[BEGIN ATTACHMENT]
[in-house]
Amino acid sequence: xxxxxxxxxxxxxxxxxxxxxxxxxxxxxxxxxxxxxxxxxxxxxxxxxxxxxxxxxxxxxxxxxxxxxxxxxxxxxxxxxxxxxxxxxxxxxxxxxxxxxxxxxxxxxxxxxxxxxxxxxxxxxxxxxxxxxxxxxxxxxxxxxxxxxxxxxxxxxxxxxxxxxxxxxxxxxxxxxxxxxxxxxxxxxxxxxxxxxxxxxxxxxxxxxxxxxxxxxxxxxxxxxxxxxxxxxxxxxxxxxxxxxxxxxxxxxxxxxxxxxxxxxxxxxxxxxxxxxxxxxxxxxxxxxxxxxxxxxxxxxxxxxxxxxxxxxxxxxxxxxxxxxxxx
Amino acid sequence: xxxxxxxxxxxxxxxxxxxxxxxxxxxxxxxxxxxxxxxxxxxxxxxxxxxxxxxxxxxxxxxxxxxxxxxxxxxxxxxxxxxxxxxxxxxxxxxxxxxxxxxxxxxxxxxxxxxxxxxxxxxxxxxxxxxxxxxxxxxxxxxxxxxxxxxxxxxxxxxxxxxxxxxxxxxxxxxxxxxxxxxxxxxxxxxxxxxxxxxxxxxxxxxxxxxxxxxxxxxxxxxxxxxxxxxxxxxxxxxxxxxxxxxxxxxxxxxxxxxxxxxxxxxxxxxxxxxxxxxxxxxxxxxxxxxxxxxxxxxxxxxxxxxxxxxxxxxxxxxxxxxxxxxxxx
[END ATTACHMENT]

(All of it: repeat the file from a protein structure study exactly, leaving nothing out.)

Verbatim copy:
[in-house]
Amino acid sequence: xxxxxxxxxxxxxxxxxxxxxxxxxxxxxxxxxxxxxxxxxxxxxxxxxxxxxxxxxxxxxxxxxxxxxxxxxxxxxxxxxxxxxxxxxxxxxxxxxxxxxxxxxxxxxxxxxxxxxxxxxxxxxxxxxxxxxxxxxxxxxxxxxxxxxxxxxxxxxxxxxxxxxxxxxxxxxxxxxxxxxxxxxxxxxxxxxxxxxxxxxxxxxxxxxxxxxxxxxxxxxxxxxxxxxxxxxxxxxxxxxxxxxxxxxxxxxxxxxxxxxxxxxxxxxxxxxxxxxxxxxxxxxxxxxxxxxxxxxxxxxxxxxxxxxxxxxxxxxxxxxxxxxxxx
Amino acid sequence: xxxxxxxxxxxxxxxxxxxxxxxxxxxxxxxxxxxxxxxxxxxxxxxxxxxxxxxxxxxxxxxxxxxxxxxxxxxxxxxxxxxxxxxxxxxxxxxxxxxxxxxxxxxxxxxxxxxxxxxxxxxxxxxxxxxxxxxxxxxxxxxxxxxxxxxxxxxxxxxxxxxxxxxxxxxxxxxxxxxxxxxxxxxxxxxxxxxxxxxxxxxxxxxxxxxxxxxxxxxxxxxxxxxxxxxxxxxxxxxxxxxxxxxxxxxxxxxxxxxxxxxxxxxxxxxxxxxxxxxxxxxxxxxxxxxxxxxxxxxxxxxxxxxxxxxxxxxxxxxxxxxxxxxxxx